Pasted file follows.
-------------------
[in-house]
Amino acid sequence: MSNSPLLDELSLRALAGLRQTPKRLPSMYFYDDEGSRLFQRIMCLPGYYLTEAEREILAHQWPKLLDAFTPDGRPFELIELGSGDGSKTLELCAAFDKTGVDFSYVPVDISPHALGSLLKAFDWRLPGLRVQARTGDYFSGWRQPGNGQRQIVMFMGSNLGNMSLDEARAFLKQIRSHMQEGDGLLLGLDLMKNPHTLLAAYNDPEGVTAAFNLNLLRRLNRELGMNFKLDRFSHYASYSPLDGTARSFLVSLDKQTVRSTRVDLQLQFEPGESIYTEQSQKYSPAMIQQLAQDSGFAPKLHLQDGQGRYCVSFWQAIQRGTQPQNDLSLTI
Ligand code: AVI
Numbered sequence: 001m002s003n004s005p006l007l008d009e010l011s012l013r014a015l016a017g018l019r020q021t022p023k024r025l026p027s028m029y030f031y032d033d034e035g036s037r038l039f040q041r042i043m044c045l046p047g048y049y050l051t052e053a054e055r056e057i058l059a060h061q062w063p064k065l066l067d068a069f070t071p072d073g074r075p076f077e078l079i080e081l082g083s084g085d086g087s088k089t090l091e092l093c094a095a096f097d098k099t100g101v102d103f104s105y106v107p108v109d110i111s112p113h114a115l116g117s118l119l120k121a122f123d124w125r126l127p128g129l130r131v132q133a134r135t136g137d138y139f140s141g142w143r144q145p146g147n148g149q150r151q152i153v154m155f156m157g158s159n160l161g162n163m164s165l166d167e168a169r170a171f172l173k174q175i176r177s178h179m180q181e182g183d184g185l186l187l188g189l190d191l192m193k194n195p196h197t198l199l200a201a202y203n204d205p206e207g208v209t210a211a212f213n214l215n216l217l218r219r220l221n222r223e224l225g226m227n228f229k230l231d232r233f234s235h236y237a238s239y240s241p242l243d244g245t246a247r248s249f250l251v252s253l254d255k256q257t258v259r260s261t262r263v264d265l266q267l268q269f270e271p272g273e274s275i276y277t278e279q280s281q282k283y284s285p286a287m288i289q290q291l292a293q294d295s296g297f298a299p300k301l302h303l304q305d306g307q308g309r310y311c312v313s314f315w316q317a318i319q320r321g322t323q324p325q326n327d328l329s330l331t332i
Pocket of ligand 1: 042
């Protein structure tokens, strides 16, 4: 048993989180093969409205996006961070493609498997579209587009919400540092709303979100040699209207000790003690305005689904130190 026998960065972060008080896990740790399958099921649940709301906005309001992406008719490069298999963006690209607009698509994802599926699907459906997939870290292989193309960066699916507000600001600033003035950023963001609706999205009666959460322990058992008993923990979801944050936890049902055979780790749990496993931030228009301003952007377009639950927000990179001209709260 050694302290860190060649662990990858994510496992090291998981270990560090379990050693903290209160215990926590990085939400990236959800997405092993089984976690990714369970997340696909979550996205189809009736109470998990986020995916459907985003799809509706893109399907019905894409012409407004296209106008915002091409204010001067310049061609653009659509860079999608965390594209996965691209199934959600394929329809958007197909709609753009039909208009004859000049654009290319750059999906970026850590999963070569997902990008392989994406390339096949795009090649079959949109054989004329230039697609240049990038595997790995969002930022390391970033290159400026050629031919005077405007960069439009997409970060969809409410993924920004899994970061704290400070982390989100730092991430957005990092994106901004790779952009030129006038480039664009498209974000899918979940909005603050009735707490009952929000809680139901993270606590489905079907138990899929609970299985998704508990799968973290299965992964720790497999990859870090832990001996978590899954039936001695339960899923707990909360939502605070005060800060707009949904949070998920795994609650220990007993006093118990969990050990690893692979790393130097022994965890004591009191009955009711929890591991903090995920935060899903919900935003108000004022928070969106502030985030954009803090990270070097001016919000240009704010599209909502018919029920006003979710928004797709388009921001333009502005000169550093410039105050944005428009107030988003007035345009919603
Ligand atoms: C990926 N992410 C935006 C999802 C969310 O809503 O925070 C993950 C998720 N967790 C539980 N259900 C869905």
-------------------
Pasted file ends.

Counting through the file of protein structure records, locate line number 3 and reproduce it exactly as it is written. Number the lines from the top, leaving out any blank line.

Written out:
Ligand code: AVI